Each year the Supreme Court decides cases that affect employers nationwide, and Justice Gorsuch may have an important impact on those decisions. On May 10,2017 from 11:30 a.m. to 1:00 p.m. at Lattitude Restaurant, 1338 Memorial Avenue, West Springfield, MA, I will be discussing the potential impact of the new administration, including Justice Gorsuch, on employers in the coming years during the Springfield Regional Chamber’s Lunch & Learn event.  In addition to speaking about Justice Gorsuch, I will also discuss what is happening with the Affordable Care Act and steps Massachusetts may be taking while the issue is sorted out at the federal level; the potential for paid family leave both at the state and federal level; my predictions regarding EEOC and OSHA enforcement trends, including the EEOC’s new EEO-1 requirements; what employers should be watching for related to medical marijuana and what their current legal rights are; and my predictions for labor relations developments under the new National Labor Relations Board.

Advanced reservations for the May 10 Lunch & Learn are $25 for Springfield Regional Chamber members and $35 for general admission. Registration includes lunch.  Reservations may be made online at http://www.myonlinechamber.com.

Posted in Legislation, National Labor Relations Board, Supreme Court | Leave a comment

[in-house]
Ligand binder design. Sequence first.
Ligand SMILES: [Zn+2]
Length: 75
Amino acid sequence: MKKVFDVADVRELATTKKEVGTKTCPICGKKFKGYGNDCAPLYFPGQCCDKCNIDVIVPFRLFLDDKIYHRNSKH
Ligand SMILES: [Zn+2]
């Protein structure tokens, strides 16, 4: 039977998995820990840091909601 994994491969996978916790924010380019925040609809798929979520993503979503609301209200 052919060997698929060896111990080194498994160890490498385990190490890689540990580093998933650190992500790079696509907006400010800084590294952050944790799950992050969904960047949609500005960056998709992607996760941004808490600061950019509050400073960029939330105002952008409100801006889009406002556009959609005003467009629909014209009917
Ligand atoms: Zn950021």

District Court Weighs In On FMLA Retaliation Standard

by Stefanie M. Renaud

Currently, retaliation is the most commonly-filed complaint with the Equal Employment Opportunity Commission (“EEOC”).  In 2016, retaliation charges accounted for over 42,000 charges, nearly 46% of the annual total.  At the local level, retaliation charges made up 39.2% of the Massachusetts Commission Against Discrimination’s (“MCAD”) filings.  Despite the popularity of retaliation claims, legal questions about proving causation continue to linger.

How does an employee prove a claim of retaliation?

Most anti-discrimination laws, such as the Family Medical Leave Act (“FMLA”) and Title VII of the Civil Rights Act of 1964 (“Title VII”), contain rules preventing employers from retaliating against employees for pursuing their rights under those laws  – i.e., for engaging in “protected activity.”  To prove a case of retaliation, an employee must show that s/he:  (1) engaged in protected conduct; (2) suffered an adverse employment action, and; (3) that there was a causal connection between the protected activity and the adverse employment action.